« Last Edit: October 21, 2011, 14:30 by jotajoe »
Jotajoe

Offline DoC!

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Re: So how the heck do YOU clean your engine in situ?
« Reply #23 on: October 21, 2011, 14:41 »
Quote
may suffer from body numbness, headaches, nausea and vomiting. Workers have reported nervous system effects such as weakness in body functions. The EPA reports that exposure to high levels can cause severe liver, kidney and brain damage. Acute exposure to the chemical can cause unconsciousness and tremors.

Just like drinking shite lager then eh!

Thanks for the contribution though Joe. I like the idea of WD 40, gunk and some brushes. Keep it on the safe side with my future pension pot eh!
2x Red Laverda Jota 120 1982, Red RGS 120 1984, Black (and gold) Corsa 120 1984, Blue Series 2 572cc Atlas. Wee Red 124cc Uno. Another 124cc Uno in boxes.
Black Honda Blackbird 1100.

BEER: Helping ugly people like Cosi have sex since 1892! :)

Online Paul H

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Re: So how the heck do YOU clean your engine in situ?
« Reply #24 on: October 21, 2011, 14:42 »
Aldi own brand 'chain cleaner'. Brilliant. It's as penetrating as brake cleaner, but evaps slower, so you can dab the still-wet area with paper towel and draw the muck off. Smokers toothbrushes are nice a stiff, and cheap. Hag.

Offline jotajoe

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Re: So how the heck do YOU clean your engine in situ?
« Reply #25 on: October 21, 2011, 22:59 »
In short ..keep it simple and lots of elbow grease : )
Jotajoe

Offline Paul LeClair

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Re: So how the heck do YOU clean your engine in situ?
« Reply #26 on: October 22, 2011, 00:54 »
Quote
may suffer from body numbness, headaches, nausea and vomiting. Workers have reported nervous system effects such as weakness in body functions. The EPA reports that exposure to high levels can cause severe liver, kidney and brain damage. Acute exposure to the chemical can cause unconsciousness and tremors.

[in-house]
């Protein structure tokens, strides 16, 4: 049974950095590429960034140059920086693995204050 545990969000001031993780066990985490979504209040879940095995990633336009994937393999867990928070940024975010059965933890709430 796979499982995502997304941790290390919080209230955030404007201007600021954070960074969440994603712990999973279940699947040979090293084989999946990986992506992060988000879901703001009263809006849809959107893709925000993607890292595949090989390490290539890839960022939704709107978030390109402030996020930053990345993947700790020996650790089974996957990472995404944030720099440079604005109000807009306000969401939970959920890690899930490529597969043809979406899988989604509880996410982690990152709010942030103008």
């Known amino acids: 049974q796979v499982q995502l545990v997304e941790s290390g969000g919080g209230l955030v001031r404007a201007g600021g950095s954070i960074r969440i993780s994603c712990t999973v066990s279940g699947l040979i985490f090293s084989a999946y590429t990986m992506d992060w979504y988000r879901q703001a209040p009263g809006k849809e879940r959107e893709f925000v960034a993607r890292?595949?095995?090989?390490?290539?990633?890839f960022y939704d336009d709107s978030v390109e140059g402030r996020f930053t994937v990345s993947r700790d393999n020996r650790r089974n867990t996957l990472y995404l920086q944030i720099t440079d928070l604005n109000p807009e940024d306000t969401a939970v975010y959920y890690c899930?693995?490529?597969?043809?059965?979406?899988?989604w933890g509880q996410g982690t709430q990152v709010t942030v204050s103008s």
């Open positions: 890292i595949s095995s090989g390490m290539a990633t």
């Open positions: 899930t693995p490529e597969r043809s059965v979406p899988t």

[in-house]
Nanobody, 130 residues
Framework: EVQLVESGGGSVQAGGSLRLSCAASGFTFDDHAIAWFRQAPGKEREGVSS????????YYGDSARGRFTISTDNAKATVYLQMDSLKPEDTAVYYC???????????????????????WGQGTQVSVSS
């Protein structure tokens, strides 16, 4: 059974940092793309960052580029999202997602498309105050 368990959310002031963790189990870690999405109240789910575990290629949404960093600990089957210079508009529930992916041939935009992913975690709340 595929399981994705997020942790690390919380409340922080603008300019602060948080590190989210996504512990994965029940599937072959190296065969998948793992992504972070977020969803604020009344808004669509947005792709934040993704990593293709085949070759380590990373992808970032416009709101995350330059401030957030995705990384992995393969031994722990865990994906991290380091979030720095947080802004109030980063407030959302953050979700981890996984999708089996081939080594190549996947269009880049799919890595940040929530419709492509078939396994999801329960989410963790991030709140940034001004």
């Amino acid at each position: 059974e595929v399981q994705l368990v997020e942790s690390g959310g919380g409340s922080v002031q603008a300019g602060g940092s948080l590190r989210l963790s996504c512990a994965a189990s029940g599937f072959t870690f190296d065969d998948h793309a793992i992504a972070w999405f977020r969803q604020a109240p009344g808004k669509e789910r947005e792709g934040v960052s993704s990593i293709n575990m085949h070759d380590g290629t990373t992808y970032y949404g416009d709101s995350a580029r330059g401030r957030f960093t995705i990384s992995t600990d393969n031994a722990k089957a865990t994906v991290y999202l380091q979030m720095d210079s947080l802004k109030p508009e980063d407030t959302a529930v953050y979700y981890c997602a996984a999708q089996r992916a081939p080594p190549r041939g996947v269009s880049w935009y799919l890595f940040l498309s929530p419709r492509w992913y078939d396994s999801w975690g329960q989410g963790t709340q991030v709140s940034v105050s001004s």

Just like drinking shite lager then eh!

Thanks for the contribution though Joe. I like the idea of WD 40, gunk and some brushes. Keep it on the safe side with my future pension pot eh!


Hi DoC!

if you REALLY want a clean motor using brushes on it while still in the frame, I can highly recomend these cleaning brushes....

http://www.machinerycleanery.com/

not inexpensive, but probably the best in the world foryour purpose. I bought a complete set a couple of years ago, they work incredibly well, and last a very long time.

Paul LeClair
Paul LeClair
Calgary, Alberta, Canada
79 1200 Mirage, 82 1200 Mirage, 84 RGS Executive, and various non Laverda's

Offline DoC!

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Re: So how the heck do YOU clean your engine in situ?
« Reply #27 on: October 22, 2011, 07:24 »
Hi Paul,
Those brushes look like, to coin a well used phrase of mine 'the dog's bollocks'.
I really like the idea of being able to cut them back to new when the existing brush is knackered.
Thanks
DoC!
2x Red Laverda Jota 120 1982, Red RGS 120 1984, Black (and gold) Corsa 120 1984, Blue Series 2 572cc Atlas. Wee Red 124cc Uno. Another 124cc Uno in boxes.
Black Honda Blackbird 1100.

BEER: Helping ugly people like Cosi have sex since 1892! :)

Offline henry

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Re: So how the heck do YOU clean your engine in situ?
« Reply #28 on: October 22, 2011, 21:49 »
but constant use will 'refinish' the castings to a non original factory finish thereby ruining the originality and knocking $$$$$$ off the value!
There are two sets of principles. They are the principles of power and privilege and of truth and justice. If you pursue truth and justice it will always mean a diminution of power and privilege. If you pursue power and privilege it will always be at the expense of truth and justice. Noam Chomsky

Offline Paul LeClair

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Re: So how the heck do YOU clean your engine in situ?
« Reply #29 on: October 23, 2011, 03:04 »
Hi Paul,
Those brushes look like, to coin a well used phrase of mine 'the dog's bollocks'.
I really like the idea of being able to cut them back to new when the existing brush is knackered.
Thanks
DoC!

Hi DoC!

the vendor was great to deal with, the product is absolute top notch, and they last and last and last while continuing to do a great job. I expected to get the most use out of the metal bristle brushes, and I do get a lot of use out of them, but I use the nylon bristle bushes a lot more than I expected, they get into all the small nooks and crannies for a really thorough clean. I have used both the metal bristle brushes and the nylon bristle brushes with all kinds of nasty chemicals and solvents, nothing has adversely affected them, and they continue to do a really great job. I am really happy with this vendor and his products.

Paul LeClair
Paul LeClair
Calgary, Alberta, Canada
79 1200 Mirage, 82 1200 Mirage, 84 RGS Executive, and various non Laverda's